Days removed from seeing Star Wars: The Last Jedi, I still can’t believe it’s a real movie. I can’t believe what writer-director Rian Johnson did: He took all of our preconceived notions of what a Star Wars movie is and evolved them. The movie is genuinely shocking at times—multiple times—but it also feels fully authentic to the Star Wars universe. And this is why The Last Jedi is so good, even if there are a few hiccups along the way.
The Last Jedi picks up right where The Force Awakens left off. The Resistance has won an important victory against the First Order by blowing up Starkiller Base, but lost its allies in the New Republic. At the same time, Rey has finally tracked down Luke Skywalker, hoping to enlist his help. Those two storylines make up the bulk of the movie and Johnson hits the ground running with both. He instantly creates a tense, engaging tone for the film, because from moment to moment, you truly don’t know what’s going to happen next. Any time things seem to be going one direction, they don’t just zig or zag, they blast off into another dimension entirely. And it happens again and again.
For example, parts of the film are very funny—like, almost too funny. The humour can, at times, feel overboard from what we’re used to in Star Wars. And yet it works. Then there are parts of the film that are incredibly weird and almost surreal—moments that seem more fit for an avant-garde movie. But they work too, because the very nature of Star Wars is that anything is possible. From scene to scene Johnson is basically saying, “Look, if we can have talking slugs, laser swords, and lightspeed, why can’t I do this?” And then he does it.
Thankfully, all that quirk and surprise never comes at the expense of spectacle, and The Last Jedi has plenty of it. Epic lightsaber fights, huge space battles, one-on-one duels—there’s rarely a moment when something amazing isn’t happening onscreen. And yet, that Star Wars iconography is always punctuated with Johnson’s personality. John Williams’ excellent score can be soaring on the soundtrack, or some familiar setting or ship can show up, and Johnson still manages to put his own unique spin on it.
The film’s epic 150-minute runtime allows plenty of room for Johnson’s inventiveness, but there’s also a tiny bit of fat in the middle of the movie, specifically in the Canto Bight scenes with Finn and Rose. The casino city itself is gorgeous and has some crazy-cool characters, plus Finn and Rose’s presence there shines a light on some new, worthwhile themes for the Star Wars franchise. However, in terms of the overall story, the whole escapade feels a little pointless and small. It doesn’t help that Benicio del Toro’s new character, DJ, who is part of the same storyline, is largely insignificant.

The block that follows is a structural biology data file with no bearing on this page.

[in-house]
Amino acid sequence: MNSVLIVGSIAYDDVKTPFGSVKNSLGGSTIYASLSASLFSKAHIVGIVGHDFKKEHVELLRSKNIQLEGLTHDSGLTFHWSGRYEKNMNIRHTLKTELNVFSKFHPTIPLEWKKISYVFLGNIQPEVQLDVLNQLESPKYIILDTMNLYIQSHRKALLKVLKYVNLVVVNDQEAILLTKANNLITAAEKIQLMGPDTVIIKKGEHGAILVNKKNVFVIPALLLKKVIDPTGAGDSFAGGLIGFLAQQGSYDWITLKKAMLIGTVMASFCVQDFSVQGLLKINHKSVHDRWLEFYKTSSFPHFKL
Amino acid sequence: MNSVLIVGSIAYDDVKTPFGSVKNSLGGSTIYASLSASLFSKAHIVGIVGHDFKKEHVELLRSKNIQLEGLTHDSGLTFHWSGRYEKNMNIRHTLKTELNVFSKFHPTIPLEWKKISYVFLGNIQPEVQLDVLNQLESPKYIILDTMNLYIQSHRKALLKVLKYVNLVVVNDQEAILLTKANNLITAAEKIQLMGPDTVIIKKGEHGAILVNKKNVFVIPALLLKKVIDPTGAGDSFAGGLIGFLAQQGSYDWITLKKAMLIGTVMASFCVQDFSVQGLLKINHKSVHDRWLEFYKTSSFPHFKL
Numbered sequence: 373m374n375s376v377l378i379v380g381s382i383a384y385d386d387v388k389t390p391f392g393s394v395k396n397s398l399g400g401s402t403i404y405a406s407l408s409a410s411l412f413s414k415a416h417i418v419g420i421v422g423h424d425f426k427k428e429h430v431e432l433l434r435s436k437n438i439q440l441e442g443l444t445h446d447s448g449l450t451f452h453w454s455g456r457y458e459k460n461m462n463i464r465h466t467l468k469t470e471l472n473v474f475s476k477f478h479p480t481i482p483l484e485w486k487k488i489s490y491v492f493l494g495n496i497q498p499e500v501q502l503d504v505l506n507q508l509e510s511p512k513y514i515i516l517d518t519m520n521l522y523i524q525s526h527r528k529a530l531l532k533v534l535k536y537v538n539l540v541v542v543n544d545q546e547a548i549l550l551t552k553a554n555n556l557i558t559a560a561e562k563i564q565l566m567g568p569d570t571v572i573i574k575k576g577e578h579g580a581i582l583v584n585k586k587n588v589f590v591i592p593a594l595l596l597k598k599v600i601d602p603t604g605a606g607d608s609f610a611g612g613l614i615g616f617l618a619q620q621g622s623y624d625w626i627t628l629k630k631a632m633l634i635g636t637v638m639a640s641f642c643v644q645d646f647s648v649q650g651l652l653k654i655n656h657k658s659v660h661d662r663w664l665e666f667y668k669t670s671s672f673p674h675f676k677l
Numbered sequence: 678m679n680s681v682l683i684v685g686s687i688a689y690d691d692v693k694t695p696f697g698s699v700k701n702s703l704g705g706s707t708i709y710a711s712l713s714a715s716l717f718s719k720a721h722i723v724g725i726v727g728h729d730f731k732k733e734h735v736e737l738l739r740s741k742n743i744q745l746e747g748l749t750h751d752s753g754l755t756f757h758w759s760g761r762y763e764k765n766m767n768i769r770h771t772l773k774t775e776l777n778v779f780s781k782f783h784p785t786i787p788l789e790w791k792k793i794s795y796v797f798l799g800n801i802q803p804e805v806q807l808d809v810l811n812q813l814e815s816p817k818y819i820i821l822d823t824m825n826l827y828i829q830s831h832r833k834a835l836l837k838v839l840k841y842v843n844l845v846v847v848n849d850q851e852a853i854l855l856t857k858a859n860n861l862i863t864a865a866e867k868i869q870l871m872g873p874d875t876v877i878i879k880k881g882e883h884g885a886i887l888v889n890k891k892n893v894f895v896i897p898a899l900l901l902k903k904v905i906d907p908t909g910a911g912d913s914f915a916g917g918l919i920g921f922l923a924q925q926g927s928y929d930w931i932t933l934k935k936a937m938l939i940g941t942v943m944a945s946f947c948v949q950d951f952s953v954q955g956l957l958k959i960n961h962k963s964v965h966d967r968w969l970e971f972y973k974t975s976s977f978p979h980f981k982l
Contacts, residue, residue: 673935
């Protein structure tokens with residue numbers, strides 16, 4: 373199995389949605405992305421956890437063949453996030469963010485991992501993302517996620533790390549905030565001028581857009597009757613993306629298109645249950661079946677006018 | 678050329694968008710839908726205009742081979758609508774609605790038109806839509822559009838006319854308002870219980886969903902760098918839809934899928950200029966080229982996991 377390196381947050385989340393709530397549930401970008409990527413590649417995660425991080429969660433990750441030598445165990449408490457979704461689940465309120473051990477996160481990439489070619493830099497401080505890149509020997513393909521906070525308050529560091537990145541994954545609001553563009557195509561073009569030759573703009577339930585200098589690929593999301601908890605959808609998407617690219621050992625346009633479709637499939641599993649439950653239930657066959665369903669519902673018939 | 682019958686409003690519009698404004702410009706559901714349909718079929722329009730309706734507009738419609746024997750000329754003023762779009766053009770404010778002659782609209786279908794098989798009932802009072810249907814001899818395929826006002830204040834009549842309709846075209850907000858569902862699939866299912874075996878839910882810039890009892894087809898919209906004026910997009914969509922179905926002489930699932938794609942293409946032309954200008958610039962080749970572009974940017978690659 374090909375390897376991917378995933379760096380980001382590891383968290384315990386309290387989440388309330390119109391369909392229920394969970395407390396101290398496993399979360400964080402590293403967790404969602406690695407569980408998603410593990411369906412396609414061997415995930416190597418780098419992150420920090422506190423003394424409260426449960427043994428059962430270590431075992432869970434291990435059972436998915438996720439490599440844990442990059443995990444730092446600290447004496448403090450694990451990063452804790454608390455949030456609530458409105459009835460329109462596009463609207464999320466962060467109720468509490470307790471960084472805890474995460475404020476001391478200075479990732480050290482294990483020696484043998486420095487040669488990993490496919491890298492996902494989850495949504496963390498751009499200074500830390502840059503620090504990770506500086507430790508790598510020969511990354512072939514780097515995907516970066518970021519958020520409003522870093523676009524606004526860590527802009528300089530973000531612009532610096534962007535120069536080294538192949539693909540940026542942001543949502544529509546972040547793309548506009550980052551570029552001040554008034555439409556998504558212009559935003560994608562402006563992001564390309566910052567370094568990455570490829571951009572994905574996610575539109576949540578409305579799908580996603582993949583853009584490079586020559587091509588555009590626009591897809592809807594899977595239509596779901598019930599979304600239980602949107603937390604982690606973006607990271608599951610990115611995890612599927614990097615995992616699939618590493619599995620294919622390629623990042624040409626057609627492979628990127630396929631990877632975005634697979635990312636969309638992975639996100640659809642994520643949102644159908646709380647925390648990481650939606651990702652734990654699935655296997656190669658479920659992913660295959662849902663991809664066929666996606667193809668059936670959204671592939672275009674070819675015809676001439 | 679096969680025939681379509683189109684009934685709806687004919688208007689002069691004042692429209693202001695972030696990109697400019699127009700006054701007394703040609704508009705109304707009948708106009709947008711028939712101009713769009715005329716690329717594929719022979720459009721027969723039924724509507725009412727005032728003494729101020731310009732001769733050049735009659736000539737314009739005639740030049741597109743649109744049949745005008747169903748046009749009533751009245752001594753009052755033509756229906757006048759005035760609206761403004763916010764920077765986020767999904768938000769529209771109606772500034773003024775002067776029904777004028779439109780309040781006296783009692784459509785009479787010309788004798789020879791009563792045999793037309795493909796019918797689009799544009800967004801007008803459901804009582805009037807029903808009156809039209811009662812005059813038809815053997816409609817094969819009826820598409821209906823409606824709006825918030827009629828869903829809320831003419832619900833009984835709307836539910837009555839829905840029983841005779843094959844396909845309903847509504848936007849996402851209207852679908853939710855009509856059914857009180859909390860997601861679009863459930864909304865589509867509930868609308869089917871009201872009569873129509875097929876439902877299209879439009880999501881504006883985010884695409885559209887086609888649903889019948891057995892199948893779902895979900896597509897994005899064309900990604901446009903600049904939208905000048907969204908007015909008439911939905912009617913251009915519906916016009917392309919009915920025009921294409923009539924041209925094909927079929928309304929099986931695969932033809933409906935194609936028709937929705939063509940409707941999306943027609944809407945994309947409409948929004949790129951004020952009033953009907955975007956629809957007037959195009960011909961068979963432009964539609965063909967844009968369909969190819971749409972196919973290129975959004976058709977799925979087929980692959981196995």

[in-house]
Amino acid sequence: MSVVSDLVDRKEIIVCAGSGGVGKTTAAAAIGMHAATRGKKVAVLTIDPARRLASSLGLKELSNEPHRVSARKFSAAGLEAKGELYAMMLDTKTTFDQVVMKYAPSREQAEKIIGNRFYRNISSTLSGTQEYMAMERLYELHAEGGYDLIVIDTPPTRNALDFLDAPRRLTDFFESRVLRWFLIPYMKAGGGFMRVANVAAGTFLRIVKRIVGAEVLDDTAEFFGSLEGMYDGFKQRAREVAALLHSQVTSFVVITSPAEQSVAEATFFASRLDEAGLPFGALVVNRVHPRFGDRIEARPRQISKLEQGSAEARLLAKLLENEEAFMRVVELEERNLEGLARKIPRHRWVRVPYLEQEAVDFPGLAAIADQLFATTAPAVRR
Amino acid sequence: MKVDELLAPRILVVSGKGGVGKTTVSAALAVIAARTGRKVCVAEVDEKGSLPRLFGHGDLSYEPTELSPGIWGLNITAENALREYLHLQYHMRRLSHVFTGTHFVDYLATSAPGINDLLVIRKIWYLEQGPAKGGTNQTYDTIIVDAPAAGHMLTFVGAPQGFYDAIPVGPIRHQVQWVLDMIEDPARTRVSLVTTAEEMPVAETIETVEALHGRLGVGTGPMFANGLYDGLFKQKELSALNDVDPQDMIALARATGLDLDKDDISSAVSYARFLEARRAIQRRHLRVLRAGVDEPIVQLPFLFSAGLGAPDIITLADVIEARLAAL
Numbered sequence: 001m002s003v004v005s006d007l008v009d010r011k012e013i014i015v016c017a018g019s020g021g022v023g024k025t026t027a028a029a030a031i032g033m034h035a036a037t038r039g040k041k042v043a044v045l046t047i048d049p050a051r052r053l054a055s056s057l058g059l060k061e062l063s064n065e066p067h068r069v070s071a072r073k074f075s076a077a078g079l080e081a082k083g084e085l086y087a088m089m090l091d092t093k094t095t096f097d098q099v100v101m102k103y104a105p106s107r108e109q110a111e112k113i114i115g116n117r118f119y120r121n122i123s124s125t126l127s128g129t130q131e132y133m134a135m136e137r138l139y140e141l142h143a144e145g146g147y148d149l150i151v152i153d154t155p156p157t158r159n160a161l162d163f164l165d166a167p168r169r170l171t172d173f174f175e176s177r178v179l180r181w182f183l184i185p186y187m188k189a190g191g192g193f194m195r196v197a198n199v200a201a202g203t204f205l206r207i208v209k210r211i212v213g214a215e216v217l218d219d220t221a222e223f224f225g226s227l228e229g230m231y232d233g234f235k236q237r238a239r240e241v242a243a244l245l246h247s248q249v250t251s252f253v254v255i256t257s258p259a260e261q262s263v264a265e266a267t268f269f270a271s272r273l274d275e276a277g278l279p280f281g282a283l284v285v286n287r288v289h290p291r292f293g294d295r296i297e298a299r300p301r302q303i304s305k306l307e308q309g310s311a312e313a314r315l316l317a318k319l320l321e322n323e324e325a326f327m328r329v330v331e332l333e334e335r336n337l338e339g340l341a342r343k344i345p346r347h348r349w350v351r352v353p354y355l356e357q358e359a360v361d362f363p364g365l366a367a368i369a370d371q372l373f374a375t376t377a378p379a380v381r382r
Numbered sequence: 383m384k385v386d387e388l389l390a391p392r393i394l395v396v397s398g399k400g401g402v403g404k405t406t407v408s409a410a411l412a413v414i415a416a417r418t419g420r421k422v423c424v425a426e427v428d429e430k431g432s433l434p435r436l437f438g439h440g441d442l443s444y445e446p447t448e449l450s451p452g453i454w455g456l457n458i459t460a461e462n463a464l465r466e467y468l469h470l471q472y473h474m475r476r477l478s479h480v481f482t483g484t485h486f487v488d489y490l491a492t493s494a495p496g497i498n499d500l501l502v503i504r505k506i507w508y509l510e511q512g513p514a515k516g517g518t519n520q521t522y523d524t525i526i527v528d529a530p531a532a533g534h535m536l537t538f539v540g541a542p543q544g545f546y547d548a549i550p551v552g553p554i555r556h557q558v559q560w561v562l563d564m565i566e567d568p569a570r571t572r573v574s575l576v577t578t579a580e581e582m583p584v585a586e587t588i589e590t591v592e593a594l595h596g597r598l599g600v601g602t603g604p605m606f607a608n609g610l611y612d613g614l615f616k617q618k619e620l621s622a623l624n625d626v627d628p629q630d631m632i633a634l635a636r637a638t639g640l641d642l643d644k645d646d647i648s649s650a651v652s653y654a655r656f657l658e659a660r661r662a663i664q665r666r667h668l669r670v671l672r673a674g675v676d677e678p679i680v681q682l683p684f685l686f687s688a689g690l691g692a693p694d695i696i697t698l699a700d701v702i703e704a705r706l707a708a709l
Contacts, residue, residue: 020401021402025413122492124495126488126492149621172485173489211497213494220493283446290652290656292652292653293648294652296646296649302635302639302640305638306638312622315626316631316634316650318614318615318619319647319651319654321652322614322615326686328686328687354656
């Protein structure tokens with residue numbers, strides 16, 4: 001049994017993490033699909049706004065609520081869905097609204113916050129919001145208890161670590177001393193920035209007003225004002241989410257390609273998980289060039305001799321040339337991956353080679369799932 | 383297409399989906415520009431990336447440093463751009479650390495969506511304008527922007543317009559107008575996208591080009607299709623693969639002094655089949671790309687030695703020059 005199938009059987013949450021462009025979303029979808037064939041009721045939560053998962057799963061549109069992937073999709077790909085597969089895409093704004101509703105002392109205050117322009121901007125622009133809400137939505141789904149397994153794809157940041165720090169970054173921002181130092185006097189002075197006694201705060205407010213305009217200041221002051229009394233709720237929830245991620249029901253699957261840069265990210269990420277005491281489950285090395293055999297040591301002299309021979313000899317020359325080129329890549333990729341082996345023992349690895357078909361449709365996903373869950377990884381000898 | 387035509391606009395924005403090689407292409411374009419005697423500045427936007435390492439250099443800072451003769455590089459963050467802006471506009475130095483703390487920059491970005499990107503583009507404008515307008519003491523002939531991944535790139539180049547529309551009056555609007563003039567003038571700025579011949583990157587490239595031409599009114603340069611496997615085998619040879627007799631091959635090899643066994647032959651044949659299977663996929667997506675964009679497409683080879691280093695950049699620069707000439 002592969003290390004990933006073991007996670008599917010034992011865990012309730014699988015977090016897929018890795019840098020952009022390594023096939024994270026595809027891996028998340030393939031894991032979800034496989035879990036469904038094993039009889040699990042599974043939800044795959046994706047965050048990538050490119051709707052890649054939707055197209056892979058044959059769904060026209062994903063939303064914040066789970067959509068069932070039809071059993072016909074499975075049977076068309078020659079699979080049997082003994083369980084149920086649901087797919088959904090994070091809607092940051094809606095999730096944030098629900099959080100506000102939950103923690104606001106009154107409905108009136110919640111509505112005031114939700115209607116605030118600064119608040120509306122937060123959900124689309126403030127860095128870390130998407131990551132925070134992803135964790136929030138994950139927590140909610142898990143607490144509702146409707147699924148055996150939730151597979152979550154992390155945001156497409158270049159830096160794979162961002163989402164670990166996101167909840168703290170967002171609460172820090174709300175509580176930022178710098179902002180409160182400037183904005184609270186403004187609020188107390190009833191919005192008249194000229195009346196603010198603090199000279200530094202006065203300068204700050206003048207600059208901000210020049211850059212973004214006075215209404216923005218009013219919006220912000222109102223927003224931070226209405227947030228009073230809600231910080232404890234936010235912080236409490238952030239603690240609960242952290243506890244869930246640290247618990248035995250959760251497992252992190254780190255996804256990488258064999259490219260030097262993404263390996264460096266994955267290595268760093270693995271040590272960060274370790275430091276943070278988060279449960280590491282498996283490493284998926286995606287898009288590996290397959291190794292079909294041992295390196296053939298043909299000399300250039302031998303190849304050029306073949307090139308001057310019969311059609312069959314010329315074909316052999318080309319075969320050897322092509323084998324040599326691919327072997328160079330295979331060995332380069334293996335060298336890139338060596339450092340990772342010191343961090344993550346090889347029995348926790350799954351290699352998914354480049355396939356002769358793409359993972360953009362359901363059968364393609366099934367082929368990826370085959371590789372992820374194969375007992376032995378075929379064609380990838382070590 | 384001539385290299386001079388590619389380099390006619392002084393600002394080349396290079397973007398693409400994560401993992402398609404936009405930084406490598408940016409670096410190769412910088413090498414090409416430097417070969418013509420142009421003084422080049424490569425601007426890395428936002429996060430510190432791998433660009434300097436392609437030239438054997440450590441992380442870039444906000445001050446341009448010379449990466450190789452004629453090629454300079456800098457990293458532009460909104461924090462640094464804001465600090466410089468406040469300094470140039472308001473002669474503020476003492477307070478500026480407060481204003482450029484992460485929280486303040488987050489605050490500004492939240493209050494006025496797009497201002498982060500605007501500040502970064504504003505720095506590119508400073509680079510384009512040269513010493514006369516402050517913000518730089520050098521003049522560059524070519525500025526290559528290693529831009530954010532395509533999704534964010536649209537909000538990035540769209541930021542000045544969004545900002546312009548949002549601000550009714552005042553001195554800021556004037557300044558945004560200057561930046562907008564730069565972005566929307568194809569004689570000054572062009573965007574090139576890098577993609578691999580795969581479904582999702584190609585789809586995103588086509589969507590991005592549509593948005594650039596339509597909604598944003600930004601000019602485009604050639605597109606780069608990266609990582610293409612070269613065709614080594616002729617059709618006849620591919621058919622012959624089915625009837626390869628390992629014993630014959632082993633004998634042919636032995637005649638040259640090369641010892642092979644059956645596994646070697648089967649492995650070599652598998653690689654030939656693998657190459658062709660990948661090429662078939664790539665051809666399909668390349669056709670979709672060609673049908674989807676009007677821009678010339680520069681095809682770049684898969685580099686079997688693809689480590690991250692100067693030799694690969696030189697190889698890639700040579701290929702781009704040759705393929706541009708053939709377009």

Everyone else in the movie is given heightened significance, though. If you loved what Daisy Ridley and Adam Driver did with Rey and Kylo Ren in The Force Awakens, The Last Jedi is going to blow you away, as both characters evolve in mesmerizing ways. Poe Dameron (Oscar Isaac) has tons more to do and we’re all better for it. The same goes for General Hux (Domhnall Gleeson), who is arguably the funniest character in the film, as well as Supreme Leader Snoke (Andy Serkis), who is deliciously evil and confident. And while Finn and Rose might not have the best storyline overall, John Boyega and Kelly Marie Tran are each wonderful throughout it. Their chemistry feeds into the energy that permeates The Last Jedi. Finally, Laura Dern’s new character, Vice Admiral Holdo, gives the film a strong new leader and some of the movie’s best scenes.
Then, of course, there’s Mark Hamill and Carrie Fisher. Hamill’s return to Luke Skywalker is as complex a performance as we’ve ever seen in a Star Wars movie. You can feel the conflict and pain on his face in every scene. Fisher too has an expanded role, and the more she does and says as General Leia, the more emotional the movie gets, resulting in a worthy farewell performance.
Once The Last Jedi kicks into its final act, the film’s somewhat saggy middle is forgotten and forgiven. The final hour or so of the film is filled with truly intense and shocking moments—all while Johnson also finds time to examine more complex things that Star Wars has never dealt with before, like celebrity, war profiteering, and the importance of letting go of the past. By combining the spectacle and this thoughtfulness, Johnson has made the entire experience of The Last Jedi is incredibly rewarding.
“Experience” is a good word for it, too, because that’s what The Last Jedi feels like. It’s a movie, sure, but it’s somehow more than that. Maybe that’s just because it’s Star Wars. Maybe that’s because it’s so densely packed with mythology and entertainment. But either way, The Last Jedi is a top-of-the-line, A-plus Star Wars and scifi movie—one that we’ll be watching and discussing for as long as there’s a galaxy far, far away.
The Last Jedi is in cinemas from 14th December.